Paris attackers can't be bombed into submission, says Steven Zhou

It's foolish to think that aerial bombardment can help bring back the old, pre-ISIS Middle East. That option has been tried over and over again, and not once has it produced the intended results.

Accepting refugees disarms militants' recruiting strategy, columnist writes

A Syrian refugee child poses for a photograph at the border town of Arsal, in the eastern Bekaa Valley, in March 2014. Welcoming refugees to Canada disrupts extremists' recruiting efforts, Steven Zhou says. (Hassan Abdallah/Reuters)

Ending Canada's participation in the campaign to bomb ISIS in Syria and Iraq, along with pledging to accept 25,000 refugees fleeing that region's chaos, probably seemed like low-hanging fruit to Justin Trudeau before terrorists tore through Paris on Friday, leaving more than 130 people dead. The prime minister is vowing to stay the course on both counts despite pressure from critics who still think that military violence is the one, indispensable solution to ending Muslim extremism.

The thought of ISIS extremists masquerading as needy refugees to unleash havoc in Western countries has somehow made its way into Canadian political consciousness, thanks to voices like that of Saskatchewan Premier Brad Wall, who has publicly asked the feds to suspend plans to accept Syrian refugees. The unquestioned link made by Wall and others connecting refugees with potential terrorism, along with blind faith in military power as the primary means to ending violent extremism, represent rather elegantly the most basic assumptions of the post-9/11 era.

That a terrorist would go through the trouble of pretending to be a needy refugee and travel long distances with others who lack some of life's most basic needs just to carry out an act of terror defies much of what history reveals. There are simpler ways to be a terrorist. And while looking backwards in time is really the only way to contextualize the present, most avoid doing so because today's tragedies seem so much more immediate. Nonetheless, failure to learn from history (even recent history) is why 14 years of perpetual war in the Middle East, along with the rapid expansion of domestic policing/surveillance measures, still characterize the main body of Western counter-terrorism frameworks.

If the past decade-and-a-half has taught the world anything, it's that the increasingly complicated politics of the Middle East makes it virtually impossible for any "coalition of allies" to impose its geopolitical will upon it. George W. Bush and Co. couldn't do it immediately after the Sept. 11 attacks, and it'd be foolish to think that aerial bombardment today can help bring back the old, pre-ISIS Middle East. That option has been tried over and over again since 9/11. Not once has it produced the intended results. Instead, the region is more fractured than ever and extremists are exploiting the chaos.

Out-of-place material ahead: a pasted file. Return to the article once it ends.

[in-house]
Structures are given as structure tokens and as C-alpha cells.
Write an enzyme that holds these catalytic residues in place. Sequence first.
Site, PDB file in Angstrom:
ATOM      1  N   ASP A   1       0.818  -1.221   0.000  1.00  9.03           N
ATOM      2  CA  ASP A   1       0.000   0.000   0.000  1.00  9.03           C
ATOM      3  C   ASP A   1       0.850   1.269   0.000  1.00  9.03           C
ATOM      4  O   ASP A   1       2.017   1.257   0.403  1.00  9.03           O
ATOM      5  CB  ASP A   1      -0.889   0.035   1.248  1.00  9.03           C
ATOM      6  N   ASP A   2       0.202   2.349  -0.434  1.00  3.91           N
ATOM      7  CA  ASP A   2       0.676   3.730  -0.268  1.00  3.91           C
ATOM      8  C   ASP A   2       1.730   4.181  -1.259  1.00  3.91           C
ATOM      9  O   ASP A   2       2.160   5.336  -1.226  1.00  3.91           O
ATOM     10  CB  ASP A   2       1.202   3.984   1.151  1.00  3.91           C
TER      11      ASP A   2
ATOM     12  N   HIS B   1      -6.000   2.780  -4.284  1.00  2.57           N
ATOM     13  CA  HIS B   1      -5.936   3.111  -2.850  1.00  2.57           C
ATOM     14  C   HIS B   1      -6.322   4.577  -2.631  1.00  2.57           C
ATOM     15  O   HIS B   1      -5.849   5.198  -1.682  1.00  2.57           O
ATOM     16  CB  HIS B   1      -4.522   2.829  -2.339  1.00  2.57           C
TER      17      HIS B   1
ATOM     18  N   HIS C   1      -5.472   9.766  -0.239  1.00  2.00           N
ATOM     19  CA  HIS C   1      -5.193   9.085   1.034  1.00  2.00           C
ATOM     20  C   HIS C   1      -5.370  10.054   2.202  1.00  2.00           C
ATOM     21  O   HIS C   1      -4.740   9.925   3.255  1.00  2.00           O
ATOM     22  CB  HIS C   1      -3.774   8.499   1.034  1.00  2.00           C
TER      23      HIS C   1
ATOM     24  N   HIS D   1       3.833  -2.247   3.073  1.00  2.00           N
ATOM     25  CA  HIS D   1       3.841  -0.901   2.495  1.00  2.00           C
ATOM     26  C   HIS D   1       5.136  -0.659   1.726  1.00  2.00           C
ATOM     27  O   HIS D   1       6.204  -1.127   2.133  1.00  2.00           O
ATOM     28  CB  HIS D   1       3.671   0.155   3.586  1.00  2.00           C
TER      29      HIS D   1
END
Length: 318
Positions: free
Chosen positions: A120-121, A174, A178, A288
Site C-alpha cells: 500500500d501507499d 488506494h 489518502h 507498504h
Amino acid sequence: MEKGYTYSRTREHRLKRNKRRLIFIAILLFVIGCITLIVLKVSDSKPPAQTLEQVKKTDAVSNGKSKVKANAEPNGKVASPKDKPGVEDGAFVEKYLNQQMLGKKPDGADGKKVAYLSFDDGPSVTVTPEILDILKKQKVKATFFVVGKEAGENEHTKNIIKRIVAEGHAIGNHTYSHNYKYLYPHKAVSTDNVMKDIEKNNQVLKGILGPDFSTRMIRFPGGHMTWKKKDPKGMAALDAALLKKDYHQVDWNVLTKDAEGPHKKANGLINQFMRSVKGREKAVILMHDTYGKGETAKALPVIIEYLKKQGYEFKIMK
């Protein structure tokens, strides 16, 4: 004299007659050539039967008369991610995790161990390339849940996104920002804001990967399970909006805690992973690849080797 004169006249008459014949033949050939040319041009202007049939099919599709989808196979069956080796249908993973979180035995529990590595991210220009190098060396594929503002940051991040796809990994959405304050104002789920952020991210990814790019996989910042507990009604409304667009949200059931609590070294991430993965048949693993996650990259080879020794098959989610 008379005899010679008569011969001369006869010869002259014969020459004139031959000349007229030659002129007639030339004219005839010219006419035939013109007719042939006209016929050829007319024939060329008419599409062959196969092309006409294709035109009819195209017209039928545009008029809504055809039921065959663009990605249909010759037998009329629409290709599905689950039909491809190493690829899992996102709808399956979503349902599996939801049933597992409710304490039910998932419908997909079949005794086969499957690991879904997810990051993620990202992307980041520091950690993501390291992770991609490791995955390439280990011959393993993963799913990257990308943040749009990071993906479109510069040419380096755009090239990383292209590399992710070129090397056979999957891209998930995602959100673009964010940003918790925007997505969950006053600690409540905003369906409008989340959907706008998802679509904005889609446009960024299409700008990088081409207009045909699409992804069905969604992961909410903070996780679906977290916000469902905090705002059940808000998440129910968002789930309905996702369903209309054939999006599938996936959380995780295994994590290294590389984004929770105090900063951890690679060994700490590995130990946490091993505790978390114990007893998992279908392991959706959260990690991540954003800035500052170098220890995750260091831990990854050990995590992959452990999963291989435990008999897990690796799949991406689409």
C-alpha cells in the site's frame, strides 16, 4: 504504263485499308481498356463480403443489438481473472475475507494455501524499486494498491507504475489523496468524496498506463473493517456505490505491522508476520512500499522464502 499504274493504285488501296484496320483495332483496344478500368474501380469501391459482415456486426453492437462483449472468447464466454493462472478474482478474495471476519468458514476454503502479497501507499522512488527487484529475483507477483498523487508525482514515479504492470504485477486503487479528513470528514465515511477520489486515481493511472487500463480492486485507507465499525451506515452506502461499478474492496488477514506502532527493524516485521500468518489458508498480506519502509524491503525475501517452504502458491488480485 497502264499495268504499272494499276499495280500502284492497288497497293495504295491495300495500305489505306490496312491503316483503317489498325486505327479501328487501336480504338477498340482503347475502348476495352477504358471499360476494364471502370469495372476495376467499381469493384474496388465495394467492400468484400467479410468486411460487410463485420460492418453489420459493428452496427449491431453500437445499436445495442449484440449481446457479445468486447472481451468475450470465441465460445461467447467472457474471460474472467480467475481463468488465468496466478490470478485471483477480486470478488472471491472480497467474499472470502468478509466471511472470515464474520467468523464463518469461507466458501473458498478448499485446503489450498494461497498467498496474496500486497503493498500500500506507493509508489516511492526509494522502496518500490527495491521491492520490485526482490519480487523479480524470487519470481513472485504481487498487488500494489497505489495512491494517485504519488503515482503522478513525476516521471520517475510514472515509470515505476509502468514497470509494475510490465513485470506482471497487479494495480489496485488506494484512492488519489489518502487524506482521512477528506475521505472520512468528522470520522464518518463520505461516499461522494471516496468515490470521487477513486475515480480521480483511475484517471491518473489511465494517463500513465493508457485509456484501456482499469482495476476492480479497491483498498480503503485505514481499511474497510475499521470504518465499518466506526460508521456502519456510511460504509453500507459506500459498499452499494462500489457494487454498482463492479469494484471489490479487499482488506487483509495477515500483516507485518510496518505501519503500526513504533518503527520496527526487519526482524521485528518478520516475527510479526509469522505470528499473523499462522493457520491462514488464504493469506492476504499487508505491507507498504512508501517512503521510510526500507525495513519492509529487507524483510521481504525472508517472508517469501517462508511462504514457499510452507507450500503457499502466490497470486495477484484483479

Alternative to tyranny, war

ISIS can be seen as the cumulative result of the 2003 invasion of Iraq and the bloody deadlock in Syria, all of which breathed new life into regional Sunni extremism. The Islamic State's precursor is al-Qaeda in Iraq, born after the 2003 invasion, when the infamous Abu Musab al-Zarqawi, based in Iraq, pledged allegiance to Osama bin Laden. Both men are now dead, but their legacies are very much alive. Aerial bombardment, full-scale invasions, occupations and non-stop assassinations may be intended to mitigate the structure of those legacies, but in reality, they've only helped facilitate the evolution of violent extremism in the Middle East. What used to be disorganized terrorists became part of an anti-American insurgency. Then, as the region continued to destabilize after the Arab Spring uprisings, ISIS became a reality.

Trudeau deserves credit for showing resolve when it comes to keeping Canada out of a strategy that hasn't ever really worked. Instead of pursuing a position of semi-discriminate bombing, countries interested in weakening ISIS can start by sucking the life out of the stories and narratives that terrorists rely on to grow and recruit. These stories hijack Muslim grievances by pointing at the gigantic hole that the West has blown through the Middle East, the miserable conditions that resulted from countless Western interventions and the West's apparent disdain for Islam and Muslims. ISIS can then portray itself as the light at the end of the tunnel, the hope for a region devastated by chronic instability, full of illegitimate regimes (often put in place and backed by the West).

The acceptance of refugees can play a big role in destabilizing this narrative. By showing that ISIS really isn't the only viable alternative to living under tyranny and war, Canada can help deflate the urge to pursue extremism. Those who want to deny or impede this option risk the exacerbation of an already dangerous situation.

Steven Zhou is a Toronto writer.


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